Autism is still a widely misunderstood condition. However, research and advances in medical understanding mean that awareness of autism, and the different routes possible to help people to live with it successfully, are evolving all the time.
It is believed that around 1 in 44 children sits on the autism spectrum, with four times as many boys as girls experiencing ASD. Autistic individuals are found across all ethnic, racial and socioeconomic groups and around the world, where it typically manifests itself in children under the age of three.
Autism is characterized by a wide range of signs, including speech abnormalities, social interaction challenges and patterns of behaviour that may be compulsive. These symptoms may be mild, and the child or adult may go on to lead a relatively ‘normal’ life as a high-functioning autistic person. Some of the world’s most successful individuals have autism, which allows them to specialize and focus on certain areas or skills.
However, at the other end of the spectrum, some people with autism may find that their symptoms are devastating and need a wide range of specialist support to allow them to cope. For example, they may be non-verbal and find forms of touch distressing. For this reason, there are various child and adult autism programs available which provide targeted support from specialists on an individual basis, with often very positive effects.
So what causes autism exactly?
Autism is becoming more common and scientists are working hard to understand what causes the condition. The largest risk is still genetic, and the main genetic risks are:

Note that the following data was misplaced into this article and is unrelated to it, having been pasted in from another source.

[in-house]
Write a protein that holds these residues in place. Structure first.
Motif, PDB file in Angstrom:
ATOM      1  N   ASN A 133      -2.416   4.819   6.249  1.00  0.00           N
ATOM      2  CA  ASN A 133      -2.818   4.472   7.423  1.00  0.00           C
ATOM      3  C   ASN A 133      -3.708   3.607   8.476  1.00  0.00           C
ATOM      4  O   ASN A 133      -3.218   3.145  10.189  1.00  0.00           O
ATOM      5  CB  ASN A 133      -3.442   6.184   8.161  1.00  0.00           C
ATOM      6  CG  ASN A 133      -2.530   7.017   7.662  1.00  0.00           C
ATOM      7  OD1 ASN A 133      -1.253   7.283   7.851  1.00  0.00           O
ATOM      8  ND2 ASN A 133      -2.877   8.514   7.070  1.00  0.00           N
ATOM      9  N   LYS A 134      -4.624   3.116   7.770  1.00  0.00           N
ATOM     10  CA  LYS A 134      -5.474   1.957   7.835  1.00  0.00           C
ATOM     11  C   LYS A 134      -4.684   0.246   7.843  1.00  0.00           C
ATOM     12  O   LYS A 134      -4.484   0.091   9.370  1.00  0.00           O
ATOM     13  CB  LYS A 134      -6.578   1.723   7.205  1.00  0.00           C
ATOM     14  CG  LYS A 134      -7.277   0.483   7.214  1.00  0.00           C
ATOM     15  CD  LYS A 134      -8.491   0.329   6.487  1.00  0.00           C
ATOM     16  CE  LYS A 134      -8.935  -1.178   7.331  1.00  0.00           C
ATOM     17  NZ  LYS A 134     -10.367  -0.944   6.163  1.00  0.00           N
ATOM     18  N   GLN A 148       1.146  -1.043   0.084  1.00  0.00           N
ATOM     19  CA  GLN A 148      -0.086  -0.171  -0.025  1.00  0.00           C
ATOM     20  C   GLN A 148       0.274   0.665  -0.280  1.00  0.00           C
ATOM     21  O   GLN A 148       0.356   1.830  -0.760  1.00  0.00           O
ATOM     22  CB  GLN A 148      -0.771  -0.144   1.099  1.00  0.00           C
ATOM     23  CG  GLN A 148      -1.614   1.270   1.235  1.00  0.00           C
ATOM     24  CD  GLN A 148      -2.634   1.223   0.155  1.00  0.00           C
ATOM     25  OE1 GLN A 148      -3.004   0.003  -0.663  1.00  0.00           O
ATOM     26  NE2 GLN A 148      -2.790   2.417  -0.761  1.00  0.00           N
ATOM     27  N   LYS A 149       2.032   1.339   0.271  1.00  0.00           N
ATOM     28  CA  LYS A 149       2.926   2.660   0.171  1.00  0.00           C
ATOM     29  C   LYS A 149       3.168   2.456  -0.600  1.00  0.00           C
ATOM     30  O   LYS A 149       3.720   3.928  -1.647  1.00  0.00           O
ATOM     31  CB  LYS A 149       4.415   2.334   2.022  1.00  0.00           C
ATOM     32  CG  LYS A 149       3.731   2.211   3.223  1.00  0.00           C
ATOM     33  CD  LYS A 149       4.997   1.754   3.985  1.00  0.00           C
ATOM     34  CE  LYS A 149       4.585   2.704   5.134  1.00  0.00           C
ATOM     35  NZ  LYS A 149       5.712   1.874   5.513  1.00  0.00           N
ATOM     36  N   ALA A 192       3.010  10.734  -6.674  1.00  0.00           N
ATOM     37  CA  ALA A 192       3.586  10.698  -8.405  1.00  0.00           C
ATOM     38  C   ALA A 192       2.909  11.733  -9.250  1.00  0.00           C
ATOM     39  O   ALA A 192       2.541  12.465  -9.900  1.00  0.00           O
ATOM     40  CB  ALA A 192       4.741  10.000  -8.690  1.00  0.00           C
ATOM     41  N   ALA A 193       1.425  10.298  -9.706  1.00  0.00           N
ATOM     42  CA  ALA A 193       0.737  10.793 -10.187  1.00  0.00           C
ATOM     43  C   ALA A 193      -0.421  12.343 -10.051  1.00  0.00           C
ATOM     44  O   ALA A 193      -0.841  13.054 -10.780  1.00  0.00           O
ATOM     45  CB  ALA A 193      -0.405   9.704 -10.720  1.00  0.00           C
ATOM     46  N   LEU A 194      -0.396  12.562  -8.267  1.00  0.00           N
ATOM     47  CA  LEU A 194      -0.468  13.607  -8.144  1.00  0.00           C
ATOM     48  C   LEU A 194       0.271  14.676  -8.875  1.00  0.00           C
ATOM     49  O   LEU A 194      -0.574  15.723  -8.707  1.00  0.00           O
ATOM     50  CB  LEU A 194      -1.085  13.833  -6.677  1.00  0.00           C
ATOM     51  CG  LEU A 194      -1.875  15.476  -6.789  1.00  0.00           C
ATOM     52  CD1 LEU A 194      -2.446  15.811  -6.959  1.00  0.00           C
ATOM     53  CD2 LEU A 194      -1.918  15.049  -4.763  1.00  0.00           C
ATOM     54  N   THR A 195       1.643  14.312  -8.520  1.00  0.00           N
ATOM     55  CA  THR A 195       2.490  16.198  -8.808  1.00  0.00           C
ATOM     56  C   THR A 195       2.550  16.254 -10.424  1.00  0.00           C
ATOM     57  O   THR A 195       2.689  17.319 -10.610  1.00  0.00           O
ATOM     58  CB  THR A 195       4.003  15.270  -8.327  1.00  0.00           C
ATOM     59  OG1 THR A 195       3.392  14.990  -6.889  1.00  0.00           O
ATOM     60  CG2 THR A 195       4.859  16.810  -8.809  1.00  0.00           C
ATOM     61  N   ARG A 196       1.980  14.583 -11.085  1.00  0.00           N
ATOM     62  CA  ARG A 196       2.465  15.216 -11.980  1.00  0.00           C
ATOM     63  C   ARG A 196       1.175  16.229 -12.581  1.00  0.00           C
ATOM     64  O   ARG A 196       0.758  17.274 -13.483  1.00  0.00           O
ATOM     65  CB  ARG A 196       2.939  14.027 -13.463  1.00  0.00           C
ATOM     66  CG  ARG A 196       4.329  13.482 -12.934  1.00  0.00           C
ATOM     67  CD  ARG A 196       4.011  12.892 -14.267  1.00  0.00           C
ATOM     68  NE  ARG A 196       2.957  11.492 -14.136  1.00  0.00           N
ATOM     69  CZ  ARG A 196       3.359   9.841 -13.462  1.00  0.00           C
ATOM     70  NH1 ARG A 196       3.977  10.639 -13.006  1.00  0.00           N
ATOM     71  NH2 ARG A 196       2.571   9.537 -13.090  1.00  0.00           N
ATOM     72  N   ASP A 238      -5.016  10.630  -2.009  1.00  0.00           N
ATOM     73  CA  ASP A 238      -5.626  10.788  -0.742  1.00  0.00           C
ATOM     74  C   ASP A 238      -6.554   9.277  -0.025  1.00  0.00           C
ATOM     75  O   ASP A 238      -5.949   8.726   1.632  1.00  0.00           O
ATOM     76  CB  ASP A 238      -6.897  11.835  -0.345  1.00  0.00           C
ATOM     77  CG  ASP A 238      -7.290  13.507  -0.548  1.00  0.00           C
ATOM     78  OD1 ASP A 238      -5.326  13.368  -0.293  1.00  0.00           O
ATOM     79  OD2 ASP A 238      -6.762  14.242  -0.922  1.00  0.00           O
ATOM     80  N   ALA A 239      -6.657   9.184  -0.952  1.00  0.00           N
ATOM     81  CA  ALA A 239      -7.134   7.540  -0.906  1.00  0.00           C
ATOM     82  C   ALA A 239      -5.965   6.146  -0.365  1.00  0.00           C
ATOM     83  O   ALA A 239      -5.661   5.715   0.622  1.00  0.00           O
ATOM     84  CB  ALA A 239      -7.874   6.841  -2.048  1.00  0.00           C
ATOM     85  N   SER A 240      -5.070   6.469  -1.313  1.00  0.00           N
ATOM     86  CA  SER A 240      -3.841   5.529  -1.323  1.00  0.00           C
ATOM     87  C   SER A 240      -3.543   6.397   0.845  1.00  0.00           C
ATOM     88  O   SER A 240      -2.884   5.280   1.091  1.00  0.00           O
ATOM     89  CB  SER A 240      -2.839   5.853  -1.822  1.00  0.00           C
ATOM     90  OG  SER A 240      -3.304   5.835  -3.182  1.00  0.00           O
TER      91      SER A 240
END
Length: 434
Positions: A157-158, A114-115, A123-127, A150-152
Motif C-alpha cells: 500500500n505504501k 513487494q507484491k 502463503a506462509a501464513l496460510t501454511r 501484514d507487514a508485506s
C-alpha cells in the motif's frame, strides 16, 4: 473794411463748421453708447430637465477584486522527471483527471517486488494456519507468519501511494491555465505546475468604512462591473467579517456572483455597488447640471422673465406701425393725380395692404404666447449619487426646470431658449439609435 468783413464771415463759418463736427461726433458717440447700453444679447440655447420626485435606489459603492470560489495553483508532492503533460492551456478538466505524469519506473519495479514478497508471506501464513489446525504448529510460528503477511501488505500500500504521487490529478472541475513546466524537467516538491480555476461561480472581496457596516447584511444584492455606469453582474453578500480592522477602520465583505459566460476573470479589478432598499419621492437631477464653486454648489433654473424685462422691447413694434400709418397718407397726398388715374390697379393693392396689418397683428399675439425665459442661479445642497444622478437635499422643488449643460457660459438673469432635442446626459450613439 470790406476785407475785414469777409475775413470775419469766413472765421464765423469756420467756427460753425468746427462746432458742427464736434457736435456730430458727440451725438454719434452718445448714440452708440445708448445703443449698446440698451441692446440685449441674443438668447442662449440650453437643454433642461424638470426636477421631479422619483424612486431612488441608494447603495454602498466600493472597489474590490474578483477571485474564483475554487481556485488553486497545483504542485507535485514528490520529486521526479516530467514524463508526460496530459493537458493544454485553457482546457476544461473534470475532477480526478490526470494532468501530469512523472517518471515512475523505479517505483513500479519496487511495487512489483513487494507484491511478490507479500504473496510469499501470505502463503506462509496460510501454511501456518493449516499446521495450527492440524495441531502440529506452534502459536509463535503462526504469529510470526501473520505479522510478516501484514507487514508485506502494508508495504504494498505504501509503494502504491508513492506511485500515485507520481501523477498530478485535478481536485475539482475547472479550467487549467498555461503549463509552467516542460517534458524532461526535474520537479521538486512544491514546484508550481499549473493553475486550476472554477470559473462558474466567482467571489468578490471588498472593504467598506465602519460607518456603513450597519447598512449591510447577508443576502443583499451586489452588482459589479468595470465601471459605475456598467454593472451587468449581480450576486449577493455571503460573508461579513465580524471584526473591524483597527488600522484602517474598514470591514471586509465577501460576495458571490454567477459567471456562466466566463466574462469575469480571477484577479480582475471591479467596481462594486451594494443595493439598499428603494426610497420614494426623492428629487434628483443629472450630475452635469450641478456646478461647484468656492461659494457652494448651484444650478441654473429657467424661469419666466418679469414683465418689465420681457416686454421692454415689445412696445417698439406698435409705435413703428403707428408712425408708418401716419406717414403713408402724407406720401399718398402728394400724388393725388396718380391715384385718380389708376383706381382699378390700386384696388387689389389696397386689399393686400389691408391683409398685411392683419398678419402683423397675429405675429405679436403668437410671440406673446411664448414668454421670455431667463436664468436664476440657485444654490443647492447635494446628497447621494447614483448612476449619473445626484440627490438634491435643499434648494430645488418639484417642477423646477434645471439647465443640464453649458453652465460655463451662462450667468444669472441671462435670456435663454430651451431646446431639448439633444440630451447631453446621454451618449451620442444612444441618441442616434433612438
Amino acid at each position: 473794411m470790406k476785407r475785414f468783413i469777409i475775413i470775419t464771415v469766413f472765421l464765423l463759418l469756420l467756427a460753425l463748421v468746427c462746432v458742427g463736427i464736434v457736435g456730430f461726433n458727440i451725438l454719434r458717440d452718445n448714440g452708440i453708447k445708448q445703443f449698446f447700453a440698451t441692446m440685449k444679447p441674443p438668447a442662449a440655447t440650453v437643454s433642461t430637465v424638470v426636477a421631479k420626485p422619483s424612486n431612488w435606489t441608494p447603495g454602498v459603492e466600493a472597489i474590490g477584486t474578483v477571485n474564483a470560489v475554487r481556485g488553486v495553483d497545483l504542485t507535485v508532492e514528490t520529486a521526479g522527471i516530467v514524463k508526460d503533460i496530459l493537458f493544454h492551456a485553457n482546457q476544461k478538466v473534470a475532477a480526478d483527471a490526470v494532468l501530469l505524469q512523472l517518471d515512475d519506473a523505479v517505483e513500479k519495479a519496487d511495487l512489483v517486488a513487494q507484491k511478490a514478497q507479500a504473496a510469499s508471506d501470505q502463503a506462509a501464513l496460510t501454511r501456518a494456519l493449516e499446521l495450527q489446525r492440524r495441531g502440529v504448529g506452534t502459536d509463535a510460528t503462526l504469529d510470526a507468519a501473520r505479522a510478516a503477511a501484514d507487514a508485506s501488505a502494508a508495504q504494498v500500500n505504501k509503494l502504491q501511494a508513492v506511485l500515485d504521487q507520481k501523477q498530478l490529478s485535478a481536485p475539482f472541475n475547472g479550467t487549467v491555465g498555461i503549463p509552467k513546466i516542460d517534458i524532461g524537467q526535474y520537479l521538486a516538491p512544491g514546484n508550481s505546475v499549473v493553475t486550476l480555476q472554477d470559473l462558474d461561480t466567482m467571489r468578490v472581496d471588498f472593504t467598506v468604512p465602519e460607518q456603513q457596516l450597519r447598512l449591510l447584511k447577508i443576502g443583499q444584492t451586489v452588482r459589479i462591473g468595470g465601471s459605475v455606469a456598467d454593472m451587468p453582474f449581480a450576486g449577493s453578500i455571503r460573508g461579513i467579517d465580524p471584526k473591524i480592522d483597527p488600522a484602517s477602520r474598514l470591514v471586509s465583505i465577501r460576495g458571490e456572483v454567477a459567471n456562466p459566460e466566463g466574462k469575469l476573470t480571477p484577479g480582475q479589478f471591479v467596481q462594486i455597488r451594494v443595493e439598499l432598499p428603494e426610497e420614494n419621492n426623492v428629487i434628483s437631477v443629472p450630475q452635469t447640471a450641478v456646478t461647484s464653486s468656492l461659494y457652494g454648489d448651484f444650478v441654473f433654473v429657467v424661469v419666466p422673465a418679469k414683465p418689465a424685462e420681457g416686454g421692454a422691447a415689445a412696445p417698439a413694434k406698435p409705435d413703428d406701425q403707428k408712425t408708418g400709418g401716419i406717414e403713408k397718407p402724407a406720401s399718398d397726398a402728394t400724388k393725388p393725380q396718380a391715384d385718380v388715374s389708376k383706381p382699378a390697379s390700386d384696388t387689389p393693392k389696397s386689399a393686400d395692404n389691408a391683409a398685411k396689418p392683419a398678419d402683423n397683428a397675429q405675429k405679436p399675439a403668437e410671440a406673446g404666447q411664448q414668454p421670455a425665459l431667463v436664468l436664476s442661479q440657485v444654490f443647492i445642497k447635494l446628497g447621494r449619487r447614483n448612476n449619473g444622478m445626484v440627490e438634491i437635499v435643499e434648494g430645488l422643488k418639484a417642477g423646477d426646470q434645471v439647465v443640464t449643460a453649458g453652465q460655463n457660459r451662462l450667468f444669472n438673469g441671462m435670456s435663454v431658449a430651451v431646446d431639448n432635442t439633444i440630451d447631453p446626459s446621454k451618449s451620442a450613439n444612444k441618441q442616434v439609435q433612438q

— An member of the immediate family member with autism
— Certain genetic mutations
— A variety of genetic factors, including Fragile X syndrome
However, because autism has no single origin, environmental factors also play a role. Some of these environmental risks for autism include:
Maternal health is important for a successful pregnancy. Moms who are in poor physical or mental health, or who are malnourished, have an increased risk of autism in their children.
- Parental age
Some studies also suggest that the age of the parents has an effect, with parents over the age of 34 presenting a higher risk of a child with autism.
- Socioeconomic factors
Parents who lack access to good healthcare, are concerned, worried, and take drugs, have an increased risk of their children developing autism.
- Other factors
These include a late delivery of the pregnancy, infection and illness of the baby shortly after birth, smoking and medication and exposure to industrial toxins or chemicals.
How can an adult autism program help?
Thankfully, as the causes of autism are researched and support is becoming more widespread, families can access better services that help their children or relatives with autism to enjoy their most fulfilling lives. Our adult autism program is an excellent example, offering targeted, expert, gentle, and supportive services to adults with autism and their families so that they can meet their goals and receive the support they need. Contact us to find out more about our adult autism program